According to market analysts Todd Zimmerman and Laurie Volk, the majority of these demographic groups wants to live in a walkable community – that’s around half the country’s population; at the same time, only 0.55% of developed land in Atlanta qualifies as a walkable urban place (Leinberger; image: ZVA)
Over the past year we have been exposed to a barrage of extremely interesting and eye opening reports, presentations, and books on demographics. These reports all indicate that the majority of Millennials and Baby Boomers want the same type of housing option – something located within a walkable community – and are increasingly willing to accept smaller, connected units to accomplish this.
Gen Xers like myself often get passed over in these demographic studies because the numbers are just so, so large for Millennials and Boomers. However, the housing preferences for us are not dissimilar to other groups. One question to ask is what groups are left not wanting walkable urbanism? Just the Greatest Generation and children?
One of the biggest statistics that really hit home came from Chris Leinberger of George Washington University. In his 2013 study of Walkable Urban Places (WalkUPs) in Atlanta, Leinberger found that only 0.55% of development in metro Atlanta meets the criteria desired by more than half of these demographic groups – an overwhelming disparity. Urban planner and author of Reshaping Metropolitan America Arthur C. Nelson has stated that we will need to build or redevelop walkable places for the next 30-40 years just to catch up to today’s demand.
One very interesting immediate way this is playing out is in Boomer-focused intown living options. Neighborhoods like Inman Park, Druid Hills, and Ansley Park are full of beautiful old homes owned by aging folks that are realizing that their 3,000-6,000 SF mansion is no longer worth the time and effort required for maintenance and upkeep. To many in this situation, it is far more appealing to sell and downsize to an apartment or condo and spend that time and money travelling the world or pursuing an interest. The strong preference is to downsize within the current neighborhood to maintain social ties, making our significant lack of dignified housing choices in these neighborhoods is a new and growing problem.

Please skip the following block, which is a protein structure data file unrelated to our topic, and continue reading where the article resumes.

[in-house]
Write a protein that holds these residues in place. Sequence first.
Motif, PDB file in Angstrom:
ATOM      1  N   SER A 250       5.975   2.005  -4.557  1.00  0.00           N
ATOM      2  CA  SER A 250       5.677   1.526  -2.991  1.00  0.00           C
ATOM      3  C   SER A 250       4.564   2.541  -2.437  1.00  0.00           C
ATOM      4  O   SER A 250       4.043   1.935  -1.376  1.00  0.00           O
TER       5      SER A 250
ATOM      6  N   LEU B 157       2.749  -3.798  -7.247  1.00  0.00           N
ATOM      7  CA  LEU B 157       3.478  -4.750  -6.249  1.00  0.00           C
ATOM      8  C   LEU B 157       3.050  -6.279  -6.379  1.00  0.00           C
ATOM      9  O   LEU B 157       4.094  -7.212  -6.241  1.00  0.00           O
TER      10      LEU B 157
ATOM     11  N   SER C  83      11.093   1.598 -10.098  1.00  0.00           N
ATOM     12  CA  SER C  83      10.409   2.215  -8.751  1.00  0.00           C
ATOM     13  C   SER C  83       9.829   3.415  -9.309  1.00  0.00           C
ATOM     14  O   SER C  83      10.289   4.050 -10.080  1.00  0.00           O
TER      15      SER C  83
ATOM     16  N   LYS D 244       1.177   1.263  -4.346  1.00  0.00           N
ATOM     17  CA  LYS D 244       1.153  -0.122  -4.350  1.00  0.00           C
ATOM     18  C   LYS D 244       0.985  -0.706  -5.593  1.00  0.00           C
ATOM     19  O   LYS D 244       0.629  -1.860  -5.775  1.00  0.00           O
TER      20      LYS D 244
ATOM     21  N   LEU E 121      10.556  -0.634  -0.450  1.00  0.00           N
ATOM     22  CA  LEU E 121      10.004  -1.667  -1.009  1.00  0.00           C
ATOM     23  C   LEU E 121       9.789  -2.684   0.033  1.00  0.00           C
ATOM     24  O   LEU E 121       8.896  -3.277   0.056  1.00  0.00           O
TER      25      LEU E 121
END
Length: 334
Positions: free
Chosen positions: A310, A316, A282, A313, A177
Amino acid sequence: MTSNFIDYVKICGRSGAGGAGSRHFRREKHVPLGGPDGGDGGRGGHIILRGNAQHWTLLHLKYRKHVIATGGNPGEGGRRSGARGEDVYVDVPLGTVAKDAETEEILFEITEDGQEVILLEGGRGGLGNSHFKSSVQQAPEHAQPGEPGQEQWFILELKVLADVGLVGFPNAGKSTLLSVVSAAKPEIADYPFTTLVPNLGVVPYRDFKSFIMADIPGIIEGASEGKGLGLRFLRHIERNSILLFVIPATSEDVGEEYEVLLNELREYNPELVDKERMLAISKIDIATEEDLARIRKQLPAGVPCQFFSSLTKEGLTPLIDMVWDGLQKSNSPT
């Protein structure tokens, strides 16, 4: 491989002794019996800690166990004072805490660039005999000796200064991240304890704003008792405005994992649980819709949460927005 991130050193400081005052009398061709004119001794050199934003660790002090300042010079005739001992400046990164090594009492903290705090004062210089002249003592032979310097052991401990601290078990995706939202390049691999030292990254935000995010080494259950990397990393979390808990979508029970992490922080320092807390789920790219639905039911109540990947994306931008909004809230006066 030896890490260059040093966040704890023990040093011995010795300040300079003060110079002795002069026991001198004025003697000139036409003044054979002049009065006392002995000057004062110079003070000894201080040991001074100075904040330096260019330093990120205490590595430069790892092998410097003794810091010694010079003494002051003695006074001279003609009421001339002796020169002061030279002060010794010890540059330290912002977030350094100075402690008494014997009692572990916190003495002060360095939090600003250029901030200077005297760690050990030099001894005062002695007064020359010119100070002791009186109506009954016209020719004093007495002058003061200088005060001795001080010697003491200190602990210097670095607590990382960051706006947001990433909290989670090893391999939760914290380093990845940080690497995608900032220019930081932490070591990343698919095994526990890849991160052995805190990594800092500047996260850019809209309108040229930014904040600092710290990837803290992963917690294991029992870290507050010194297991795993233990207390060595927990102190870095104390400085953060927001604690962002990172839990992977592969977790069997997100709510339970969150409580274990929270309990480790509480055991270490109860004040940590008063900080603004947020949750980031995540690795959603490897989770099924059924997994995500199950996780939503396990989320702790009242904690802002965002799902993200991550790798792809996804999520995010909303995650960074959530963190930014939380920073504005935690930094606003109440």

We want to share a few of the most impactful of these reports with you. Atlantans should definitely take a look at Leinberger’s report, which has a ton of neighborhood-specific information. The other links include a short blog post from Placemakers, a one-hour video of Arthur C. Nelson discussing development trends, and Nelson’s book, which is well worth buying.